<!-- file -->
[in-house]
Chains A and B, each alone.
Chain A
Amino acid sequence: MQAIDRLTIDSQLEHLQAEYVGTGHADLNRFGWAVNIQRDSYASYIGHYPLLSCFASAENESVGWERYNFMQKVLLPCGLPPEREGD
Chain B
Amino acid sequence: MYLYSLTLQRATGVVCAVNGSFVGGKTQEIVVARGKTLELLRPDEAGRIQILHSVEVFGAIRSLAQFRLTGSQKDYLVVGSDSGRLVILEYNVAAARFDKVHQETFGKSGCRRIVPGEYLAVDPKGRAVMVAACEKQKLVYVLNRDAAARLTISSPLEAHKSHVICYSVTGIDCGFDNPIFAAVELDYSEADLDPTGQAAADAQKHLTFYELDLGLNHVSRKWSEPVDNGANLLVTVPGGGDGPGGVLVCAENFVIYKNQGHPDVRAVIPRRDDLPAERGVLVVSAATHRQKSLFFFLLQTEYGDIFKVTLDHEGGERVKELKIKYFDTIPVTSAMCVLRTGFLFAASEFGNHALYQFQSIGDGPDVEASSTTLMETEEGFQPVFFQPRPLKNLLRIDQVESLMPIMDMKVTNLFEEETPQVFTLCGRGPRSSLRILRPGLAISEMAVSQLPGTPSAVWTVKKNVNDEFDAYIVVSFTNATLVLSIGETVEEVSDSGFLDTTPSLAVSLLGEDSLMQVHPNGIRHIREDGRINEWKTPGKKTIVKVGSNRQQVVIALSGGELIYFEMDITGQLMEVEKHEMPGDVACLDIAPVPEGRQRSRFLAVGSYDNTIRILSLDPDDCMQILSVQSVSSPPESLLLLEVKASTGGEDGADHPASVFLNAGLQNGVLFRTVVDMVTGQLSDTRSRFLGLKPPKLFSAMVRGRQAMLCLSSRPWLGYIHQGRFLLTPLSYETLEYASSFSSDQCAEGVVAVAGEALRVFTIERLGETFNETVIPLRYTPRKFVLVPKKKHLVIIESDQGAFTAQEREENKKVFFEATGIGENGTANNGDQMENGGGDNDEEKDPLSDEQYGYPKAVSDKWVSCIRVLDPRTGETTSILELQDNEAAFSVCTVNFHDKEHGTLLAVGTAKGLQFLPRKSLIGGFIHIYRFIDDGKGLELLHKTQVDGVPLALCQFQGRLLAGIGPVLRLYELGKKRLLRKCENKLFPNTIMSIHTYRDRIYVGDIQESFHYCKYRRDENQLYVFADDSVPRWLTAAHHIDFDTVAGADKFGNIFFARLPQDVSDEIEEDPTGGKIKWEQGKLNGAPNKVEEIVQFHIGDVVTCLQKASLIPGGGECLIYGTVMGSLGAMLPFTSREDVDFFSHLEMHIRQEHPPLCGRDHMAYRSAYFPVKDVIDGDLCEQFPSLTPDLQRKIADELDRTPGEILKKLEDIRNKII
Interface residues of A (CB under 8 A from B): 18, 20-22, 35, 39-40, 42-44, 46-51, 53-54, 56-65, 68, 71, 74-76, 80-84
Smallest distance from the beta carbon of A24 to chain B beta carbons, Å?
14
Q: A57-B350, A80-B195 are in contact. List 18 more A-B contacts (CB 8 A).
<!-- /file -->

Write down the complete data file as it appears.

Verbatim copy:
[in-house]
Chains A and B, each alone.
Chain A
Amino acid sequence: MQAIDRLTIDSQLEHLQAEYVGTGHADLNRFGWAVNIQRDSYASYIGHYPLLSCFASAENESVGWERYNFMQKVLLPCGLPPEREGD
Chain B
Amino acid sequence: MYLYSLTLQRATGVVCAVNGSFVGGKTQEIVVARGKTLELLRPDEAGRIQILHSVEVFGAIRSLAQFRLTGSQKDYLVVGSDSGRLVILEYNVAAARFDKVHQETFGKSGCRRIVPGEYLAVDPKGRAVMVAACEKQKLVYVLNRDAAARLTISSPLEAHKSHVICYSVTGIDCGFDNPIFAAVELDYSEADLDPTGQAAADAQKHLTFYELDLGLNHVSRKWSEPVDNGANLLVTVPGGGDGPGGVLVCAENFVIYKNQGHPDVRAVIPRRDDLPAERGVLVVSAATHRQKSLFFFLLQTEYGDIFKVTLDHEGGERVKELKIKYFDTIPVTSAMCVLRTGFLFAASEFGNHALYQFQSIGDGPDVEASSTTLMETEEGFQPVFFQPRPLKNLLRIDQVESLMPIMDMKVTNLFEEETPQVFTLCGRGPRSSLRILRPGLAISEMAVSQLPGTPSAVWTVKKNVNDEFDAYIVVSFTNATLVLSIGETVEEVSDSGFLDTTPSLAVSLLGEDSLMQVHPNGIRHIREDGRINEWKTPGKKTIVKVGSNRQQVVIALSGGELIYFEMDITGQLMEVEKHEMPGDVACLDIAPVPEGRQRSRFLAVGSYDNTIRILSLDPDDCMQILSVQSVSSPPESLLLLEVKASTGGEDGADHPASVFLNAGLQNGVLFRTVVDMVTGQLSDTRSRFLGLKPPKLFSAMVRGRQAMLCLSSRPWLGYIHQGRFLLTPLSYETLEYASSFSSDQCAEGVVAVAGEALRVFTIERLGETFNETVIPLRYTPRKFVLVPKKKHLVIIESDQGAFTAQEREENKKVFFEATGIGENGTANNGDQMENGGGDNDEEKDPLSDEQYGYPKAVSDKWVSCIRVLDPRTGETTSILELQDNEAAFSVCTVNFHDKEHGTLLAVGTAKGLQFLPRKSLIGGFIHIYRFIDDGKGLELLHKTQVDGVPLALCQFQGRLLAGIGPVLRLYELGKKRLLRKCENKLFPNTIMSIHTYRDRIYVGDIQESFHYCKYRRDENQLYVFADDSVPRWLTAAHHIDFDTVAGADKFGNIFFARLPQDVSDEIEEDPTGGKIKWEQGKLNGAPNKVEEIVQFHIGDVVTCLQKASLIPGGGECLIYGTVMGSLGAMLPFTSREDVDFFSHLEMHIRQEHPPLCGRDHMAYRSAYFPVKDVIDGDLCEQFPSLTPDLQRKIADELDRTPGEILKKLEDIRNKII
Interface residues of A (CB under 8 A from B): 18, 20-22, 35, 39-40, 42-44, 46-51, 53-54, 56-65, 68, 71, 74-76, 80-84
Smallest distance from the beta carbon of A24 to chain B beta carbons, Å?
14
Q: A57-B350, A80-B195 are in contact. List 18 more A-B contacts (CB 8 A).